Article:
Pearl Lam Galleries is pleased to present Flatland: A Romance of Many Dimensions, the first solo exhibition of British/Indonesian artist Sinta Tantra in Hong Kong. Tantra’s vibrant geometric paintings explore the concept of “dimensions” through the use of colour and shapes. Well regarded for her site-specific works in the public realm, Tantra combines public art elements inside the gallery space, splicing together the interior and exterior world—tentatively, fluidly, and on and off the beat.
The exhibition title Flatland: A Romance of Many Dimensions is from the title of a satirical novella published in 1884 by Edwin A. Abbott, which explores hierarchy, social order, and internal tensions between individuals and a collective society through its examination of “dimensions”. The story’s narrator, A Square, comprehends the concepts of depth and dimension when he enters the three-dimensional world of Spaceland—an idea that Tantra explores throughout the entire exhibition.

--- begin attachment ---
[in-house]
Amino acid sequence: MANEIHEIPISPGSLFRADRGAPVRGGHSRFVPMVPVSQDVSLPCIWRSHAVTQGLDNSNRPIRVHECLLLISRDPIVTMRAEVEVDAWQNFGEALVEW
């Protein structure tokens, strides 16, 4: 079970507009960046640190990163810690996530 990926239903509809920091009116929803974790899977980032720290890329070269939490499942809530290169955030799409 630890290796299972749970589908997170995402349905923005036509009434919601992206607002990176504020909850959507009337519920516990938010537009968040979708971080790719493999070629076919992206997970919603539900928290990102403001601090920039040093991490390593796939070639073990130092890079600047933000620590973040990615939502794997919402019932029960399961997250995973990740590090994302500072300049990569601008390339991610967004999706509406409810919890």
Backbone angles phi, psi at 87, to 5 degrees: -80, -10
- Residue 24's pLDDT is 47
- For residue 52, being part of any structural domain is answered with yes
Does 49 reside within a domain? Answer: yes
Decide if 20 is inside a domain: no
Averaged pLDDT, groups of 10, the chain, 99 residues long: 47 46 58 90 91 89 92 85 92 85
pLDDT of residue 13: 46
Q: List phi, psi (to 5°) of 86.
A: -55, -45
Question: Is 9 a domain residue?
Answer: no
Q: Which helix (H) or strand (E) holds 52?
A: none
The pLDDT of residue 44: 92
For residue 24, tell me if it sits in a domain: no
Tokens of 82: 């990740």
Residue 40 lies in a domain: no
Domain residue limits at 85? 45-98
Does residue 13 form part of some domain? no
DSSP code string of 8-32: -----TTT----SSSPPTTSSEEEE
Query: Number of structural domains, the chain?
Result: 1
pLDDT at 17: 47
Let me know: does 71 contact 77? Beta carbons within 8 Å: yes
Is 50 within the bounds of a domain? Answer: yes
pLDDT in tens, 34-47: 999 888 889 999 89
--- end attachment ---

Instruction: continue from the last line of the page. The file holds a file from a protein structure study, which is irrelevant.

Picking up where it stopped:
Tantra examines the territory between two and three dimensions—the balance of push and pull. Her works define the clarity between the two but also finds endless ways of distorting it, questioning the relationship between painting and architecture. Influenced by her Balinese heritage, Tantra draws upon a bold and vibrant palette on an architectural scale, exposing the “architecture” of painting on raw linen, creating works that celebrate spectacle and question the decorative, functional, and social role of art. Tantra collages, layers and constructs with colour in her works. Colour, an integral element in the artist’s work, straddles the language of art and industry.
Tantra’s works merge pop and formalism, colour and rhythm, East and West, as well as identity and aesthetics. The artist is intrigued when private becomes public and when the viewer becomes active. Tantra’s architectural works insert their identity, aesthetics, and fantasy into the functional. In this exhibition, the artist explores the association between pictorial and physical space, combining elements of public artwork inside the gallery space.
Sinta Tantra writes, “Can painting become architecture? Can architecture become a painting? I believe that it is the activity of drawing itself which physically links these two disciplines together. If drawing links painting with architecture, can drawing also reverse the way I paint? In other words, can architecture be applied on top of painting? And if so, do we as viewers become more immersed in its physical or pictorial dimensions?”